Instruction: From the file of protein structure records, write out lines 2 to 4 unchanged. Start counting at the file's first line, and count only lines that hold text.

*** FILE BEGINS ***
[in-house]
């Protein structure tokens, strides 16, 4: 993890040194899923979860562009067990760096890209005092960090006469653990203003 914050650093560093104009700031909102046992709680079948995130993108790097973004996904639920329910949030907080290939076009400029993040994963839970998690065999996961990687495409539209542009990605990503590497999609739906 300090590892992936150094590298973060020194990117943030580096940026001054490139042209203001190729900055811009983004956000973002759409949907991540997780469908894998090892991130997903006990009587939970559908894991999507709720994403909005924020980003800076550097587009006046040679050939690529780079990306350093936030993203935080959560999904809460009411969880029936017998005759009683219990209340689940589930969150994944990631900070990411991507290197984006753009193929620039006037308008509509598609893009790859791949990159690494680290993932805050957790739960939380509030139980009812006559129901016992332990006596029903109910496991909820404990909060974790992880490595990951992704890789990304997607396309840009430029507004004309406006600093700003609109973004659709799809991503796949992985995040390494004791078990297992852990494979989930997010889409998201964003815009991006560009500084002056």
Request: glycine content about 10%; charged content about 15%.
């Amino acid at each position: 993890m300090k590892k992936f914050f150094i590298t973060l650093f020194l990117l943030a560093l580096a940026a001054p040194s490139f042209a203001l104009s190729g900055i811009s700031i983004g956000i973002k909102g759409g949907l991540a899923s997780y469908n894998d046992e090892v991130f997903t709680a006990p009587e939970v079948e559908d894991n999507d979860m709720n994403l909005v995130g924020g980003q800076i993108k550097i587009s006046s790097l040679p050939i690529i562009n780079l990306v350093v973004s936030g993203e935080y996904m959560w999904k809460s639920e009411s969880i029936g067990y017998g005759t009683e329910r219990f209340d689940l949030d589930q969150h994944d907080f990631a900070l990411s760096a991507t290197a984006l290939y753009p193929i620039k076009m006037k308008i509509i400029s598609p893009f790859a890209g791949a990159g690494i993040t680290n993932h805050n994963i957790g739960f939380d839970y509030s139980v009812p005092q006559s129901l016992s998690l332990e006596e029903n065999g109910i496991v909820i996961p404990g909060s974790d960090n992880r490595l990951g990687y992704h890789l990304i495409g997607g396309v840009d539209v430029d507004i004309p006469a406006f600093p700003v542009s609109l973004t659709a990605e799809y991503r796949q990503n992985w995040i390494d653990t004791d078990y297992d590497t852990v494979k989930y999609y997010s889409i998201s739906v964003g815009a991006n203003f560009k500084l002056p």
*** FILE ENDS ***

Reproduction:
């Protein structure tokens, strides 16, 4: 993890040194899923979860562009067990760096890209005092960090006469653990203003 914050650093560093104009700031909102046992709680079948995130993108790097973004996904639920329910949030907080290939076009400029993040994963839970998690065999996961990687495409539209542009990605990503590497999609739906 300090590892992936150094590298973060020194990117943030580096940026001054490139042209203001190729900055811009983004956000973002759409949907991540997780469908894998090892991130997903006990009587939970559908894991999507709720994403909005924020980003800076550097587009006046040679050939690529780079990306350093936030993203935080959560999904809460009411969880029936017998005759009683219990209340689940589930969150994944990631900070990411991507290197984006753009193929620039006037308008509509598609893009790859791949990159690494680290993932805050957790739960939380509030139980009812006559129901016992332990006596029903109910496991909820404990909060974790992880490595990951992704890789990304997607396309840009430029507004004309406006600093700003609109973004659709799809991503796949992985995040390494004791078990297992852990494979989930997010889409998201964003815009991006560009500084002056």
Request: glycine content about 10%; charged content about 15%.
């Amino acid at each position: 993890m300090k590892k992936f914050f150094i590298t973060l650093f020194l990117l943030a560093l580096a940026a001054p040194s490139f042209a203001l104009s190729g900055i811009s700031i983004g956000i973002k909102g759409g949907l991540a899923s997780y469908n894998d046992e090892v991130f997903t709680a006990p009587e939970v079948e559908d894991n999507d979860m709720n994403l909005v995130g924020g980003q800076i993108k550097i587009s006046s790097l040679p050939i690529i562009n780079l990306v350093v973004s936030g993203e935080y996904m959560w999904k809460s639920e009411s969880i029936g067990y017998g005759t009683e329910r219990f209340d689940l949030d589930q969150h994944d907080f990631a900070l990411s760096a991507t290197a984006l290939y753009p193929i620039k076009m006037k308008i509509i400029s598609p893009f790859a890209g791949a990159g690494i993040t680290n993932h805050n994963i957790g739960f939380d839970y509030s139980v009812p005092q006559s129901l016992s998690l332990e006596e029903n065999g109910i496991v909820i996961p404990g909060s974790d960090n992880r490595l990951g990687y992704h890789l990304i495409g997607g396309v840009d539209v430029d507004i004309p006469a406006f600093p700003v542009s609109l973004t659709a990605e799809y991503r796949q990503n992985w995040i390494d653990t004791d078990y297992d590497t852990v494979k989930y999609y997010s889409i998201s739906v964003g815009a991006n203003f560009k500084l002056p």